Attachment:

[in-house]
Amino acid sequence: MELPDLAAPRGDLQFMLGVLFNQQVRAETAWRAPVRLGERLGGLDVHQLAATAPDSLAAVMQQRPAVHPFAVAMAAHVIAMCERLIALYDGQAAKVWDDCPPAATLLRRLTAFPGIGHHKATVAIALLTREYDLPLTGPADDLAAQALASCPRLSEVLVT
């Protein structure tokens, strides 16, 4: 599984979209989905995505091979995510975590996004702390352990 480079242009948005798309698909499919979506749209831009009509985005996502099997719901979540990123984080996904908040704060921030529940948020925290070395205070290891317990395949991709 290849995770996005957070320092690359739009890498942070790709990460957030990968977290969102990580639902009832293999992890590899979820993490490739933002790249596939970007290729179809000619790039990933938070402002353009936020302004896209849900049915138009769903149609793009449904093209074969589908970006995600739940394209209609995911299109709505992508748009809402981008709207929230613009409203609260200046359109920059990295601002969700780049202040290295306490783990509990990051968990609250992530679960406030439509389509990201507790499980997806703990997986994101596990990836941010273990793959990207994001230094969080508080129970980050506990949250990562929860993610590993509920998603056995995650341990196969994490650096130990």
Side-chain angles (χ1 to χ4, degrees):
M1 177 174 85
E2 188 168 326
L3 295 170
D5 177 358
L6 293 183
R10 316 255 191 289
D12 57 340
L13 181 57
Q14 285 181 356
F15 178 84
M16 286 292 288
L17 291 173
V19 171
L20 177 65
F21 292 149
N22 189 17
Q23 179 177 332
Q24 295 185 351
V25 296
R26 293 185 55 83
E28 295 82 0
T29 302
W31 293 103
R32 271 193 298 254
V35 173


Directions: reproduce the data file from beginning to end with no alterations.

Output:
[in-house]
Amino acid sequence: MELPDLAAPRGDLQFMLGVLFNQQVRAETAWRAPVRLGERLGGLDVHQLAATAPDSLAAVMQQRPAVHPFAVAMAAHVIAMCERLIALYDGQAAKVWDDCPPAATLLRRLTAFPGIGHHKATVAIALLTREYDLPLTGPADDLAAQALASCPRLSEVLVT
């Protein structure tokens, strides 16, 4: 599984979209989905995505091979995510975590996004702390352990 480079242009948005798309698909499919979506749209831009009509985005996502099997719901979540990123984080996904908040704060921030529940948020925290070395205070290891317990395949991709 290849995770996005957070320092690359739009890498942070790709990460957030990968977290969102990580639902009832293999992890590899979820993490490739933002790249596939970007290729179809000619790039990933938070402002353009936020302004896209849900049915138009769903149609793009449904093209074969589908970006995600739940394209209609995911299109709505992508748009809402981008709207929230613009409203609260200046359109920059990295601002969700780049202040290295306490783990509990990051968990609250992530679960406030439509389509990201507790499980997806703990997986994101596990990836941010273990793959990207994001230094969080508080129970980050506990949250990562929860993610590993509920998603056995995650341990196969994490650096130990």
Side-chain angles (χ1 to χ4, degrees):
M1 177 174 85
E2 188 168 326
L3 295 170
D5 177 358
L6 293 183
R10 316 255 191 289
D12 57 340
L13 181 57
Q14 285 181 356
F15 178 84
M16 286 292 288
L17 291 173
V19 171
L20 177 65
F21 292 149
N22 189 17
Q23 179 177 332
Q24 295 185 351
V25 296
R26 293 185 55 83
E28 295 82 0
T29 302
W31 293 103
R32 271 193 298 254
V35 173